|B1: The party gathers by David Sutherland|
In many ways, In Search of the Unknown is a classic adventure, but this is not one of those ways.
Dungeons and Dragons evolved from wargames, in which the real reason the two sides fought was that the players wanted to have fun together. In the early years of D&D, the characters' motivation was that their players wanted to play. As we gamed together over the years, the theatrical and role-playing side of the game grew, until it became normal to focus on how the world looks from the characters' perspective rather than the players', and modules began to invest more column inches in explaining why the characters joined together and embarked on this expedition.
In Search of the Unknown was an early TSR module. Author Mike Carr developed a backstory for the dungeon and an entertaining table of rumors the players might randomly know about it, but when it came to why these characters per se wanted to get involved with this place, here's all the module has to say:
If all this is true, their hideaway and treasure lie abandoned somewhere in the wilderness, awaiting discovery and exploration.
Now comes to you a crude map purporting to show the way to their hideaway, a place apparently called “Q.” If it is accurate, it might lead you to the mystical place that was their home and sanctuary. Who knows what riches of wealth and magic might be there for the taking? Yes, the risk is great, but the challenge cannot be ignored. Gathering a few of your fellows, you share the secret and embark in search of the unknown.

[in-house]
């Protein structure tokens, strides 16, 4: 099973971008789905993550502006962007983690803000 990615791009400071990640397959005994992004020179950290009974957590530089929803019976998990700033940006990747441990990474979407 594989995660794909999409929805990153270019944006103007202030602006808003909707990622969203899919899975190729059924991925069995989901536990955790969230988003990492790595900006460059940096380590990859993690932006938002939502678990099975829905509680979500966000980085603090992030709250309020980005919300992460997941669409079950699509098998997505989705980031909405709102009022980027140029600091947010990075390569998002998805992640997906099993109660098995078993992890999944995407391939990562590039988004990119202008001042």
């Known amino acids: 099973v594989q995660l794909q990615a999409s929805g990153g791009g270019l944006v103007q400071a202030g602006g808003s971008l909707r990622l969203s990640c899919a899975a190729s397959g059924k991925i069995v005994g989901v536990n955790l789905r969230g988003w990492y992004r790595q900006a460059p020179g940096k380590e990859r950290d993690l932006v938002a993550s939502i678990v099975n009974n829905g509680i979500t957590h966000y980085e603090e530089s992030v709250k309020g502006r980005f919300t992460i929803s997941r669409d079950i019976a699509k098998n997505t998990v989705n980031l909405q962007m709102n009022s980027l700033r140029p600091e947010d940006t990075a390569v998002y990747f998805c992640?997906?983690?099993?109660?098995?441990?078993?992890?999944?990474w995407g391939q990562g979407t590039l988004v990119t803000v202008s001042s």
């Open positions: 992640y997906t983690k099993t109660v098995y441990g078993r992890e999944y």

|B1: Journey into the wilds in search of adventure by David Sutherland|
In other words, loot and pillage and excitement!
Later, during the scaremongering of the 1980s, when people made up lies about D&D being a Satanic ritual of some kind, TSR worked hard to revise the D&D narrative to one strictly about the forces of good mustering to face off against the forces of evil. But back when Carr was writing this module, there was an amusingly practical Fafhrd-and-the-Grey-Mouser quality to most D&D adventures.
More than a few reviews of B1 cite this threadbare character motivation as a weakness, but some note what I note: this is an introductory module designed to be customized. It's an adventure template, not an adventure. Each time you run the module, you lay out different monsters, treasures, stories - and motivations. All Carr needed to provide was a generic sample motivation; after the first run-through, even novice DMs could come up with suitable motivations based on how they stocked the module.
I began gaming with the Holmes Dungeons & Dragons set and this module, but I was quickly caught up with everyone else in developing increasingly elaborate premises for adventures and motivations for player characters. In revenge, my players came up with increasingly centrifugal character personalities and goals - self-disintegrating parties.
With Englandia, I turned the tables on them. It's now the players' jobs to come up with characters who want to be together and want to pursue the adventure. This fits well with 13th Age's focus on collaborative storytelling, and it has replaced an old chore with a new delight.
For this module specifically, the players came up with characters so highly motivated that I cut Carr's front-loaded exposition - the dungeon backstory, the rumors - and left the premise of the dungeon a mystery onto which each of the three characters at first projected a different concept, based on their goals and personalities. This added a stronger element of mystery and story-discovery to the module and has lent itself to some amusing discussions and differences of opinion between the player characters, as we shall see.